GRAND RAPIDS — Jim Razmus just took a $53,000 pay cut. The recently retired United Airlines captain and his wife, Shirley, were settling in to retired life at their Rockford-area lakefront home when the news of the Pension Benefit Guarantee Corp.’s takeover of United’s pension plans hit. Razmus, who flew for United for 25 years, saw his defined benefit pension payments drop from $82,000 a year to $29,000 at the most.
“This pension has been part of my employment contract for my whole career,” Razmus said. “It’s part of your compensation. You count on it.”
To make matters worse, the 60-year-old Razmus is caught in a retiree’s no-man’s-land as far as the federal government is concerned. The Federal Aviation Administration requires airline pilots to retire at 60. Federal agencies, including PBGC, recognize 65 as the legal age of retirement. As such, PBGC will dock Razmus up to 35 percent of his benefit for retiring “early.”
“The paltry amount that we would realize — which is a fraction of what we were promised — would be penalized even further for each year we supposedly retire early,” said an active United captain. The pilot, whose employment contract prevents him from speaking on the record to the media, said that he now faces the possibility of starting a second career when he is forced to retire in 2006.
“I’m looking at about $28,000 a year, less the percentage rate,” he said. “When you’re 58 years old, it’s pretty hard to walk away from a six-figure income.”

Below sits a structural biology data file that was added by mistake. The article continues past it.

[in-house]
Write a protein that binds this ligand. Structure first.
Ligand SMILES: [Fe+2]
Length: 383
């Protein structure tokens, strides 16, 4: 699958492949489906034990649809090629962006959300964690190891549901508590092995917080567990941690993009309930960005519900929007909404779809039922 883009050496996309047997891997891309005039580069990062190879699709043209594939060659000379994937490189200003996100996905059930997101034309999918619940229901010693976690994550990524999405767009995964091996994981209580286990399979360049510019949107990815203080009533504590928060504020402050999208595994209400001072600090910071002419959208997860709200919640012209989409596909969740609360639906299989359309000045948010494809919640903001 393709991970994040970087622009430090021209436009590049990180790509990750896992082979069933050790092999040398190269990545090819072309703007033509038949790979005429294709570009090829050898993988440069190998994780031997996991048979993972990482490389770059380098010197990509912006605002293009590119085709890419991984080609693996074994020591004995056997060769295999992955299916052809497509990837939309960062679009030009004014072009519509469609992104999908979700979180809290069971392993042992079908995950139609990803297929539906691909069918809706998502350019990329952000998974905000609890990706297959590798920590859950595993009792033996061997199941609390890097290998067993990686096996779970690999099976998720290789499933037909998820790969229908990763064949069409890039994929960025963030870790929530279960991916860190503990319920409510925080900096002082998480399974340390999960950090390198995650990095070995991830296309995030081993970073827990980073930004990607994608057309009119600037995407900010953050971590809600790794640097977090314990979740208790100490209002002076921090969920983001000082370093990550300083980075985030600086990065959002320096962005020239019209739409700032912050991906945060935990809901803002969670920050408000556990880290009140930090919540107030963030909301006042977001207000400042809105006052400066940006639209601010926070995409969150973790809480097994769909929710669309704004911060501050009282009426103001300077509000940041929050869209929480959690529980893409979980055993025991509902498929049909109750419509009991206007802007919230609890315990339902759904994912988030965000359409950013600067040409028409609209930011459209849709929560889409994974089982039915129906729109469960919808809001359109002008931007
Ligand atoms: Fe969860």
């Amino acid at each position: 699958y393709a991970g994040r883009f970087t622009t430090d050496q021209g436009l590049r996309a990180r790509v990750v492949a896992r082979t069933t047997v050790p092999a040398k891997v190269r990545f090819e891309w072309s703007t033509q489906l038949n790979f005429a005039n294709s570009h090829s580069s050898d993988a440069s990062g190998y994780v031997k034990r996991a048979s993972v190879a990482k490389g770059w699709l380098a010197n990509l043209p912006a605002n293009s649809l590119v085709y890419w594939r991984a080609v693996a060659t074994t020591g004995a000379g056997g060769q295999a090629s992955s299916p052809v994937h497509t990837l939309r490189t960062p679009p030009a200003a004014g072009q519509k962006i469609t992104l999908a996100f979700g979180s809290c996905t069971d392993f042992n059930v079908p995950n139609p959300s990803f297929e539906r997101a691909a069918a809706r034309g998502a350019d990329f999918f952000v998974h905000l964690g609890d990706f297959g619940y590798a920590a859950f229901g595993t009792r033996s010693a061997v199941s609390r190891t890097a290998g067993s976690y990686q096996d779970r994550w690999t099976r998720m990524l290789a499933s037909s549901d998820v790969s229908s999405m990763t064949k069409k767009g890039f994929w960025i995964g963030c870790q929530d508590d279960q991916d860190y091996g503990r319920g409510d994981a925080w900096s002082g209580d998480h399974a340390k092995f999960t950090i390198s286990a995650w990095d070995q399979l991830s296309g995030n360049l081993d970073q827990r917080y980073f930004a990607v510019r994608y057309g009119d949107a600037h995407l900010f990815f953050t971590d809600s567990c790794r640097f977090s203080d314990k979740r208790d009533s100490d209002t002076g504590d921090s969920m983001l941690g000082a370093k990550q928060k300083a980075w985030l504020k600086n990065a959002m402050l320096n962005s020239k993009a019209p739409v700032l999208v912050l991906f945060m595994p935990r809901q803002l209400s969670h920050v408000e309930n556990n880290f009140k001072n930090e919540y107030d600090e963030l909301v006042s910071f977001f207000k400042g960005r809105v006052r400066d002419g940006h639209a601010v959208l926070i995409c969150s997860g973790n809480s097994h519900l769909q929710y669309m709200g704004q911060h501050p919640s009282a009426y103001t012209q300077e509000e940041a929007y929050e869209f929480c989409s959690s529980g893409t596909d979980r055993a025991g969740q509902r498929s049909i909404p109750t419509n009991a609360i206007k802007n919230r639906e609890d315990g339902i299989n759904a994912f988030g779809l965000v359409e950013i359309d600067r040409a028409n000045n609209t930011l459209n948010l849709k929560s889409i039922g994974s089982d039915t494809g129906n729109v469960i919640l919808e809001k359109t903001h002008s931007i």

Although it may be too late for United’s retirees, a number of efforts are currently underway to protect other pilots from the loss of their pensions and to close the retirement-age loophole.
Last week, the Senate finance committee heard testimony from airline officials and representatives of labor unions who urged the legislators to sign into law a bill that would allow the airlines a longer period to fund their pensions.
The “Employee Pension Preservation Act” was introduced in April by West Virginia Democrat Jay Rockefeller and Georgia Republican Johnny Isakson. Under the act, an airline that is forced to cease future accrual (or “freeze”) its pension plans would have 25 years to fully fund the amount it owed employees at the time of the “freeze.” Current law allows two years.
According to Senate testimony from Captain Duane E. Woerth, president of the Air Line Pilots Association International, passage of the bill would be beneficial to all involved: workers, the PBGC, the airlines and consumers.
For the workers, he said, there would be a greater chance of receiving the benefits they had earned throughout their careers. The PBGC would not be saddled with large un-funded liabilities, like the $6.6 billion it absorbed from United. The airlines would have an opportunity to keep their commitments to their employees and stay out of bankruptcy court. Consumers would continue to enjoy the level of service and pricing the major carriers currently provide.
Passage of the bill, according to Woerth, would also prevent the “domino effect” of other “legacy” carriers following United’s lead into bankruptcy in order to “level the playing field.”
The airlines seem to agree. Both Northwest and Delta airlines warned that they will face the risk of bankruptcy (and the subsequent termination of their pension plans) if changes are not made to the pension-funding regulations.
Another bill that is under consideration on Capitol Hill is the Pilots Equitable Treatment Act. This bill, brought by Hawaii Democrat Daniel Akaka, would eliminate the PBGC’s penalty on pilots for “early” retirement.
Yet another bill, this one introduced by Oklahoma Republican James Inhofe, would raise the FAA’s legal pilot retirement age to 65, allowing pilots nearing the current retirement age five more years of top salary-earning potential.
For the younger pilots coming up through the ranks, Razmus has one piece of advice: “Put every penny you can into your 401(k),” he said. “You’re going to need it.”